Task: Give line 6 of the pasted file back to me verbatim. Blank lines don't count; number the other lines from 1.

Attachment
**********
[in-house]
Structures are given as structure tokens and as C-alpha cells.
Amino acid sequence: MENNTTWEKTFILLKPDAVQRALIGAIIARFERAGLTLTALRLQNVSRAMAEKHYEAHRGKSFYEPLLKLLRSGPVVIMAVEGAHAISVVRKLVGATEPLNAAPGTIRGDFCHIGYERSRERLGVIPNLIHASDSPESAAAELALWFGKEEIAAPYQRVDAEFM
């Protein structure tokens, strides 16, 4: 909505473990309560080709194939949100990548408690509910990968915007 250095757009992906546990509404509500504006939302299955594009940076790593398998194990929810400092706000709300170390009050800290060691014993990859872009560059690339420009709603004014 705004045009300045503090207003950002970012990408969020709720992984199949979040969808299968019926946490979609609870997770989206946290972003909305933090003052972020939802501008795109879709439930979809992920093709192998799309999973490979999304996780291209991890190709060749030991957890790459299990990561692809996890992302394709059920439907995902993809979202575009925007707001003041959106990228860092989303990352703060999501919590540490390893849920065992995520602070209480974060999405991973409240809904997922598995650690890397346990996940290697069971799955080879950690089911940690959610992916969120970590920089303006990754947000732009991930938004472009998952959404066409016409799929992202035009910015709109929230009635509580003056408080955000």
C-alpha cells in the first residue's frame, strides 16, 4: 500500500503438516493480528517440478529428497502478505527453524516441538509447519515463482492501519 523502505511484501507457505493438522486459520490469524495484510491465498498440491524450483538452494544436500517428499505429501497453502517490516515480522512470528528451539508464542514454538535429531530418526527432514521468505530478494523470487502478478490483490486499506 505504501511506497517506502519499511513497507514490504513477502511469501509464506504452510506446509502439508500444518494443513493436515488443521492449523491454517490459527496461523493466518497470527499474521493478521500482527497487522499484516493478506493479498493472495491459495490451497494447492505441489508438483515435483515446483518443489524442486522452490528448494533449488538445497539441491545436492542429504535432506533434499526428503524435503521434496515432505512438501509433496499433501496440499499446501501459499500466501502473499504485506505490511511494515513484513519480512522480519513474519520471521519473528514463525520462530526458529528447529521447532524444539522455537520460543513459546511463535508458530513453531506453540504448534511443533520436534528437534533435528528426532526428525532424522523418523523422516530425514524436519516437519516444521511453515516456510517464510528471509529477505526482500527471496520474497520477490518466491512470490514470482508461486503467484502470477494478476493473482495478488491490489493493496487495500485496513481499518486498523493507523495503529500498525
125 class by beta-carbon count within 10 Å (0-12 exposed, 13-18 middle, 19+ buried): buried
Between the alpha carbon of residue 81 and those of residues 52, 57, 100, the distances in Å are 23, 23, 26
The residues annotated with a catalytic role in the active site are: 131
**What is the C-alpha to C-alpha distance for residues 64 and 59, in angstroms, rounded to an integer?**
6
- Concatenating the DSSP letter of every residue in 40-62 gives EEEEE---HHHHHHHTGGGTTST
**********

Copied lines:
125 class by beta-carbon count within 10 Å (0-12 exposed, 13-18 middle, 19+ buried): buried